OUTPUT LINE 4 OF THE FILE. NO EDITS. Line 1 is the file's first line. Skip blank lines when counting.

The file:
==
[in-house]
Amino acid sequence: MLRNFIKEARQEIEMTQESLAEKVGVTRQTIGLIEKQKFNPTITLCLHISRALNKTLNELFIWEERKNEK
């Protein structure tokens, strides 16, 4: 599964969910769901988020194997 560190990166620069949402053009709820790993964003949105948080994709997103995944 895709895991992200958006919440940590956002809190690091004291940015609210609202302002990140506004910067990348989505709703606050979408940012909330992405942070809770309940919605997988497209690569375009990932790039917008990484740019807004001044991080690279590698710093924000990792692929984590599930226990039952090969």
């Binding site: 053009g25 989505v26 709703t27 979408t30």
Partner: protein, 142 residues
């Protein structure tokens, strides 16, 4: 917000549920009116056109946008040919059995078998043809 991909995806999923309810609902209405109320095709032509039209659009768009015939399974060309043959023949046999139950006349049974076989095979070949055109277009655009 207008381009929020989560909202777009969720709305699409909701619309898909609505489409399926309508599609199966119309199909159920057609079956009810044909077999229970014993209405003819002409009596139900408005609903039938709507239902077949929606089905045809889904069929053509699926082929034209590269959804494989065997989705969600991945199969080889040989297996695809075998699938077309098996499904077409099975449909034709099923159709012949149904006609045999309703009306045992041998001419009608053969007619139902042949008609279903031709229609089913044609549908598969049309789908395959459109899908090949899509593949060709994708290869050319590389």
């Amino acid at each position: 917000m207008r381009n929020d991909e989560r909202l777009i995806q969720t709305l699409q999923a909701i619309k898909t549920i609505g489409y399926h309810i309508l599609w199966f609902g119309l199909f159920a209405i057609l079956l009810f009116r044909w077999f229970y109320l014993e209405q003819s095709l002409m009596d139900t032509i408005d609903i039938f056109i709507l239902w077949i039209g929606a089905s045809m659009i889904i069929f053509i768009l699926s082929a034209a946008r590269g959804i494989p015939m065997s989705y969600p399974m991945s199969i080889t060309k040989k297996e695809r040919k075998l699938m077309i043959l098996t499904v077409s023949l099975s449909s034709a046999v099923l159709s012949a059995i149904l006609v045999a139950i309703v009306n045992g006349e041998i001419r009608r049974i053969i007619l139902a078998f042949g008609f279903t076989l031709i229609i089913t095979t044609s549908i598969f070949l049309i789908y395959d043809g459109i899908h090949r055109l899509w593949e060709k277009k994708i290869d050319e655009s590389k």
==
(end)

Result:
């Binding site: 053009g25 989505v26 709703t27 979408t30």